A common lead generation practice using B2B inbound marketing includes offering white papers, demos, trial software, or other content assets in exchange for registration information.
The problem is that many marketers immediately turn these form registrations (aka web inquiries) over to the sales team as “leads.”
If your sales team perceives the majority of “leads” passed to them are no good, they’re unlikely to spend time tracking prospects down.
I’ve already written about why lead quality should be emphasized over quantity. But, how do you weed through all those web inquiries to get to those that are truly ready for the sales team to engage so you can nurture the rest?
Here’s a lead qualification process that may help you turn your web inquiries into viable sales leads:
Step 1 – Create a marketing funnel.
The purpose of the marketing funnel is to bring inquiries (aka leads) into one spot and qualify them. The marketing funnel creates sales-ready leads and nurtures the leads that aren’t sales ready. Lead qualification must first classify leads according to their “sales readiness” and business fit; and second, to manage all the incoming leads effectively.
Step 2 – Create the universal lead definition, and apply it to the remaining inquiries.
There are must-have questions your sales team must know in order to feel that an inquiry is worthy of being called a lead. Ask yourself:
• What’s the company’s size, industry, and geography. At this point, you may want to remove inquiries based on specific marketing requirements or limitations. For example, you may remove foreign email address, student email addresses or contacts residing in locations or industries that you don’t serve. This step could reduce 5 – 10% of entries.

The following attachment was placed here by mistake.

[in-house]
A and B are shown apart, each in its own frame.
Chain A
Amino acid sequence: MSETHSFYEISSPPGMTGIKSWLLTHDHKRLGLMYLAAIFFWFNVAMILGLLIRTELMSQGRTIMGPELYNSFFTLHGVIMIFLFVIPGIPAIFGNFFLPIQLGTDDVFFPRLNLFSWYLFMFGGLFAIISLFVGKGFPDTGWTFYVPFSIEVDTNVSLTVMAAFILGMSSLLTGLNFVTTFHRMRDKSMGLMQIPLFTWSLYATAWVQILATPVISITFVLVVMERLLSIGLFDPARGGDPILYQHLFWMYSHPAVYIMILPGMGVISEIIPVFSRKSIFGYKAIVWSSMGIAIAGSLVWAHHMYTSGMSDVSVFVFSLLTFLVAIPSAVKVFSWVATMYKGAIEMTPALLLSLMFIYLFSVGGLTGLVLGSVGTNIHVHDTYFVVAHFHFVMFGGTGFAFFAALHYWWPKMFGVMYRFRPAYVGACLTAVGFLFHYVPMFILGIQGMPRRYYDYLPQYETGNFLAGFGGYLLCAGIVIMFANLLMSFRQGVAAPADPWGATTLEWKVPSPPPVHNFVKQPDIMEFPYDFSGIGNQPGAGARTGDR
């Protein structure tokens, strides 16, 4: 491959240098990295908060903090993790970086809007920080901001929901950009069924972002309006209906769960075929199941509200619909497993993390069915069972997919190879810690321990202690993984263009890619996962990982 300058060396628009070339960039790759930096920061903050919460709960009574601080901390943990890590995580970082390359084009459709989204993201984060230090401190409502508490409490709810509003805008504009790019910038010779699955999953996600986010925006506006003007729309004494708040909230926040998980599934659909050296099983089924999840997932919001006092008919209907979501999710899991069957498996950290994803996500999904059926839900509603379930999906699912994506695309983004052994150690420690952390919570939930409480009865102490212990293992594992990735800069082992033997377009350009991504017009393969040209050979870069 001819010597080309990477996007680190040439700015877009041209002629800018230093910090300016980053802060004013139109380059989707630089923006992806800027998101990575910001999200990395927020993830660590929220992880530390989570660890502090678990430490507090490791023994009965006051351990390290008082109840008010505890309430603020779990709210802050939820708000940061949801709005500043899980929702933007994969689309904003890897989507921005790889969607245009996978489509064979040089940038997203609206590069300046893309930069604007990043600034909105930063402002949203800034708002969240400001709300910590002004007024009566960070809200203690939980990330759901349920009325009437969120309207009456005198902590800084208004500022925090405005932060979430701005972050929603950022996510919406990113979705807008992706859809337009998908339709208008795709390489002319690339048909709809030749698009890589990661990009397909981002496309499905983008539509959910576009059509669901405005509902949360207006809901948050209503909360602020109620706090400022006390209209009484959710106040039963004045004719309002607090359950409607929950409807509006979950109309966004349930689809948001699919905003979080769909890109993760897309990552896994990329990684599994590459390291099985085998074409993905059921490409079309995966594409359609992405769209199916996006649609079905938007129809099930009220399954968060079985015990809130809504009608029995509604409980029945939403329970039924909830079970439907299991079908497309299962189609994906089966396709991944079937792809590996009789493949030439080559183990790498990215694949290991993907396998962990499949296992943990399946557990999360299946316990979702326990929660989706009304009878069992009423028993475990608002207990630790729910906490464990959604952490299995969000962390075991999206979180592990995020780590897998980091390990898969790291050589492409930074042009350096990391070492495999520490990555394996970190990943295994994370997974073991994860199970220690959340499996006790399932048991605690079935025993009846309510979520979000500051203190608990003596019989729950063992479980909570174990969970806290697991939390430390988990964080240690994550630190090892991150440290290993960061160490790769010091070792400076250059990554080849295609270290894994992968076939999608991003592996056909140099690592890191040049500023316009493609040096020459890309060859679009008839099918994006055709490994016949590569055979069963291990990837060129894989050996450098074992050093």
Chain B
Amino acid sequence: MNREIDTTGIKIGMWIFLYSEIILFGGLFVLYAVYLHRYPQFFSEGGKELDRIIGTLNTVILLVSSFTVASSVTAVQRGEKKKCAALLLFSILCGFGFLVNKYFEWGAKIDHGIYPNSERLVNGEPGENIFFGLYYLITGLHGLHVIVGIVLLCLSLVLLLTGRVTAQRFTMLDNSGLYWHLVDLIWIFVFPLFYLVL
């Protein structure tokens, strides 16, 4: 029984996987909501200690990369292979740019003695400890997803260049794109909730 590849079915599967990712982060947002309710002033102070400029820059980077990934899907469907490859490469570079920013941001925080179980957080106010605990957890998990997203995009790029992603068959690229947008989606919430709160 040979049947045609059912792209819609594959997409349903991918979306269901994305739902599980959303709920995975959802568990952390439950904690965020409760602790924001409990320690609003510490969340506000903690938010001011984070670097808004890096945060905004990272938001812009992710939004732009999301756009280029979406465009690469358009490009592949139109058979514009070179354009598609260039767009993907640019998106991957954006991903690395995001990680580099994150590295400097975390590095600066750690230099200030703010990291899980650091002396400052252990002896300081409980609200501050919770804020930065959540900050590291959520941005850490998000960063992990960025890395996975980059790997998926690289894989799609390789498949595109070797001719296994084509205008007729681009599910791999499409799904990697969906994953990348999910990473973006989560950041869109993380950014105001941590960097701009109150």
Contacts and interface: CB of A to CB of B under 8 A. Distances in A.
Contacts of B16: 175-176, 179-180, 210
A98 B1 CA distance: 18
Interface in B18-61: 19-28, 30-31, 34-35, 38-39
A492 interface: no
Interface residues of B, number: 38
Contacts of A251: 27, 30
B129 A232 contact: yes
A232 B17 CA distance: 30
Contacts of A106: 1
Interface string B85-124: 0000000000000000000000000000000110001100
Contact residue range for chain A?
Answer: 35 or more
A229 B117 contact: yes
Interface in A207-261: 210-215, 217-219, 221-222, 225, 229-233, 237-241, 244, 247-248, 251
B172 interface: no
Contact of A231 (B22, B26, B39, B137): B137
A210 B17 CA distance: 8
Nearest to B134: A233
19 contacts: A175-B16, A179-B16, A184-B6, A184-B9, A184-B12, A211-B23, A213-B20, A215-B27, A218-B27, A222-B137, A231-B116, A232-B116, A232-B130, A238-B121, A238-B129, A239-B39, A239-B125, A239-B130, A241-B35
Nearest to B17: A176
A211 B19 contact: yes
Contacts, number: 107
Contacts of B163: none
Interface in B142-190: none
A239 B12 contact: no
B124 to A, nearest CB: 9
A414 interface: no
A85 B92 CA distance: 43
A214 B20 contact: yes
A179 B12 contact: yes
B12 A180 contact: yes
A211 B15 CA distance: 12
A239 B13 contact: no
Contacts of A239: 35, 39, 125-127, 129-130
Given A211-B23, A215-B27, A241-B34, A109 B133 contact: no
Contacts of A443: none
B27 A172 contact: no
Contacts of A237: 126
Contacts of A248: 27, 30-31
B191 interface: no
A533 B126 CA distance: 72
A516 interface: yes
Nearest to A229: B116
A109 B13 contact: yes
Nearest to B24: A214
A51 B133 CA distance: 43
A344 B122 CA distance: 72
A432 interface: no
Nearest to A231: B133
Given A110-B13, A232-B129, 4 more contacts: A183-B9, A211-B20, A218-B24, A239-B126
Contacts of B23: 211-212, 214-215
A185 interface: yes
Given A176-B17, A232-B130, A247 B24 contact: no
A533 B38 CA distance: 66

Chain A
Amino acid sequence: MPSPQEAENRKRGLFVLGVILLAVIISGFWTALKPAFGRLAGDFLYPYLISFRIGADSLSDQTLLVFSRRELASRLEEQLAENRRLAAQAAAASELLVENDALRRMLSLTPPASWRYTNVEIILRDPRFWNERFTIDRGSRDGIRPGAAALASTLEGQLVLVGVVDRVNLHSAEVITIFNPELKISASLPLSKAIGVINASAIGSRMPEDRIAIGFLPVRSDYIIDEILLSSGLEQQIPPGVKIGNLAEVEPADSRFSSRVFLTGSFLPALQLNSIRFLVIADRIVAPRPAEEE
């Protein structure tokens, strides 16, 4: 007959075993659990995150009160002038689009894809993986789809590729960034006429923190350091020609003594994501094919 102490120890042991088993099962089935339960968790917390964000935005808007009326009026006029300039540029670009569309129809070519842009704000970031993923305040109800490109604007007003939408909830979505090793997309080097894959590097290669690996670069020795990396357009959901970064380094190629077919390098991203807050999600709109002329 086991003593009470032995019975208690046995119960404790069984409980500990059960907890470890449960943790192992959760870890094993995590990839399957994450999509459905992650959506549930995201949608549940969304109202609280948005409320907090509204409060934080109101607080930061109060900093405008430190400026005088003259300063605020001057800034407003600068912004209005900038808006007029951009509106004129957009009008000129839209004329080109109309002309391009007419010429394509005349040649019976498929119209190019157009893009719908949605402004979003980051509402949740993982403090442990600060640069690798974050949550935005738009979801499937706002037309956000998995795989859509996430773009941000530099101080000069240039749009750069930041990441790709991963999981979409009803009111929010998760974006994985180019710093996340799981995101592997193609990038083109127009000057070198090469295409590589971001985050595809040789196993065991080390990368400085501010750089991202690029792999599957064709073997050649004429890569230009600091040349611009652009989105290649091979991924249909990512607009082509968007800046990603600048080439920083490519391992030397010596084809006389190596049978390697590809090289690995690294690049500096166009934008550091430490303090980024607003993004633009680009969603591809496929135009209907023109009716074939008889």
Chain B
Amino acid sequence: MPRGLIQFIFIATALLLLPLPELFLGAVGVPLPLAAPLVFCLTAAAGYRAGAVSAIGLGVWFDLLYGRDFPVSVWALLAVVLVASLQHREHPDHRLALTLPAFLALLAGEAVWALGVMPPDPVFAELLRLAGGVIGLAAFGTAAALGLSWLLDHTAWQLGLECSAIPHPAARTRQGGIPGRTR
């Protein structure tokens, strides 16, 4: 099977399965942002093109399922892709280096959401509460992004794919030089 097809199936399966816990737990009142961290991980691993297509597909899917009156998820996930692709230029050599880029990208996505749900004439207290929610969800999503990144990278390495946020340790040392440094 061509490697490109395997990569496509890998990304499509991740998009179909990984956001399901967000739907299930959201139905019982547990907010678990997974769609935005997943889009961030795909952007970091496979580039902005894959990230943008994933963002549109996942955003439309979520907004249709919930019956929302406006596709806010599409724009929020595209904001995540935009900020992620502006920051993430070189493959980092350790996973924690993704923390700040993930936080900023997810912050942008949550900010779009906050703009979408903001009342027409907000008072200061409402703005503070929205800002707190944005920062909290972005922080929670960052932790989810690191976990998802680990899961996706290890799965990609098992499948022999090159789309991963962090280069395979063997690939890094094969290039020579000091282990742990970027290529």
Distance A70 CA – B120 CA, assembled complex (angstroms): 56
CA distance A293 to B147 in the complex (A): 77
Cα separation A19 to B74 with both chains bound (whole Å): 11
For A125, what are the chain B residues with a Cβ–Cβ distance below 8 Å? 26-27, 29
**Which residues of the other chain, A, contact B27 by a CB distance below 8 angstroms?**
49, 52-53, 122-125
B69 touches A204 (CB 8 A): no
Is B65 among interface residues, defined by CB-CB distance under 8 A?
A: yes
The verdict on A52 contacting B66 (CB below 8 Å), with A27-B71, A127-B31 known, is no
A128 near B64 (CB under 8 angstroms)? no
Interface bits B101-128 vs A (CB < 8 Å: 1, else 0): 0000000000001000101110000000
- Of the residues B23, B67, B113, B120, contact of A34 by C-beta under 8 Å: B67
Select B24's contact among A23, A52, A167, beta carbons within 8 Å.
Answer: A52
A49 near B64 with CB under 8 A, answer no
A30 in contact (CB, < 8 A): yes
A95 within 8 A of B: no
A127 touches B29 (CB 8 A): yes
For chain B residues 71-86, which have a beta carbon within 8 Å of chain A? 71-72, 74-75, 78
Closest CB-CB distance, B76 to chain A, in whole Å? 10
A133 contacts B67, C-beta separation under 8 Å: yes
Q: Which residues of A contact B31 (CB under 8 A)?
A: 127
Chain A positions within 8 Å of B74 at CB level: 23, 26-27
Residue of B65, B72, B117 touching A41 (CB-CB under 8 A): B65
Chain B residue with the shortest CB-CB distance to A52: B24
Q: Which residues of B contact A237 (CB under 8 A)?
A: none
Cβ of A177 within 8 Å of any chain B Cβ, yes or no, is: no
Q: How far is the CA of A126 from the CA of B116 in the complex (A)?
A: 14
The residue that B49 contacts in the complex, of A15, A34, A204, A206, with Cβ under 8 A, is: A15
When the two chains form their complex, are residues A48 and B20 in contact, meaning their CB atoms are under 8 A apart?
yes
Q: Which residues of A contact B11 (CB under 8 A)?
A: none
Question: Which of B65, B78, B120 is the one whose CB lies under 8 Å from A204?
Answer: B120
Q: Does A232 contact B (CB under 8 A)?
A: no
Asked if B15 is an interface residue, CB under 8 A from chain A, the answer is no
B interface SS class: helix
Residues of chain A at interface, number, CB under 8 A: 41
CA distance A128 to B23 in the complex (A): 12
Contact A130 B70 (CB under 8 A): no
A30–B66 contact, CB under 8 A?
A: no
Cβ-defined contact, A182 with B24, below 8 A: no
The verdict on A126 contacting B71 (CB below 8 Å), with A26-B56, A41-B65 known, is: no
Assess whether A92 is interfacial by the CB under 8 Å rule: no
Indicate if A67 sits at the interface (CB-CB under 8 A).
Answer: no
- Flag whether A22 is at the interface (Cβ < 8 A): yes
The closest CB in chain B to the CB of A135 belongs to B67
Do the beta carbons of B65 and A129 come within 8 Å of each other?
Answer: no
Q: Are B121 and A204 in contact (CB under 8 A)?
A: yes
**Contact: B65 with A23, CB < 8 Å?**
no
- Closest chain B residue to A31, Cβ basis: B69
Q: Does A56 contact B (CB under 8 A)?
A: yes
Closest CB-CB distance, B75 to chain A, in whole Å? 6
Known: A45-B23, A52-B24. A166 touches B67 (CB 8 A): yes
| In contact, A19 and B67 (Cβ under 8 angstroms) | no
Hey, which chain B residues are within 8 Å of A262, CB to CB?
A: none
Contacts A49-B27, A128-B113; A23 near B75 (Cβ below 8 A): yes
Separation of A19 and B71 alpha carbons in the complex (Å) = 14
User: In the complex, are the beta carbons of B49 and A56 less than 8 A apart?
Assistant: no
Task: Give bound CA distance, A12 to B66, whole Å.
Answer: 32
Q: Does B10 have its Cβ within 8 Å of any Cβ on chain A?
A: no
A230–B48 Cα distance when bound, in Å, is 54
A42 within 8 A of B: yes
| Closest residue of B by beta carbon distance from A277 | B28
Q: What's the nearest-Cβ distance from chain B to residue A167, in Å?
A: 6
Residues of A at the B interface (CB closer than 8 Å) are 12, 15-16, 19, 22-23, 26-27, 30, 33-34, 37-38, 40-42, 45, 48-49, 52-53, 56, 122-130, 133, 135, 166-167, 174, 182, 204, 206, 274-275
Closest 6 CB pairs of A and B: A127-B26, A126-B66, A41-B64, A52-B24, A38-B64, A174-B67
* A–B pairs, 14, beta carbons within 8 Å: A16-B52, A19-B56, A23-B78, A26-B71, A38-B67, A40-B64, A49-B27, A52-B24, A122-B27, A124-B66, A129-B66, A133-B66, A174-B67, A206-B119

• Ask business situation questions such as number of users, current systems platform, etc.
• What is registrant’s role in the organization, or what is their authority in the buying process?
• Based on their business need, how can you help?
• What stage of investigation are they in the buying process? Many registrants are actually still early in the buying process and are conducting general market research. These contacts are very valuable and should be nurtured and managed over time—but these folks clearly aren’t people who are ready to buy. Be honest about what the search marketing effort is designed to achieve and is capable of accomplishing.
Purge those inquiries containing bogus information. It’s amazing how creative people can get. Remove duplicates and invalid names and email addresses. Keep in mind that simple forms tend to generate less invalid info rather than lengthy, time-consuming forms. People start to question the value of giving up too much info. Trim the form by about 20% to avoid this.
I read of one company that trimmed down the registration to include an extremely simple, two-field form. Conversion rate more than tripled with this simplification. At the same time, the company expanded their email follow-up process and was able to increase the total amount of personal data collected over time.
Step 3 – Create a behavior model to prioritize leads based on activity and data.
Apply lead scoring to prioritize your leads on order to follow-up in step 4. What lead scoring does is assign a point value to who prospects are, how they interact with your company and what their need is for your product. Most marketers give higher scores to those further along in the buying process based on their engagement. Lead scoring works best if you have 200+ inquiries per month. Otherwise it might be overkill.
Use your CRM or marketing automation suite to prioritize based on:
• Level or engagement through touch points such as repeat web visits, downloads, or clicks.
• Size of organization
You can measure all these touch points, but in the end if you want to know something you’ll need to talk to someone and engage them in conversation.
Step 4 – Use the phone (or email) to qualify high priority leads based on the scoring.
The phone is the gold standard for qualifying most leads. There’s no better way to engage. We have also found email to be a great way to create a one-to-one dialogue by asking questions. (Test this first with your audiences.).
Using these channels to nurture web registrants, learn more about each one, and then provide personalized and relevant information over time. You should be spoon-feeding prospects, provide truly valuable information, while moving them through the buying process.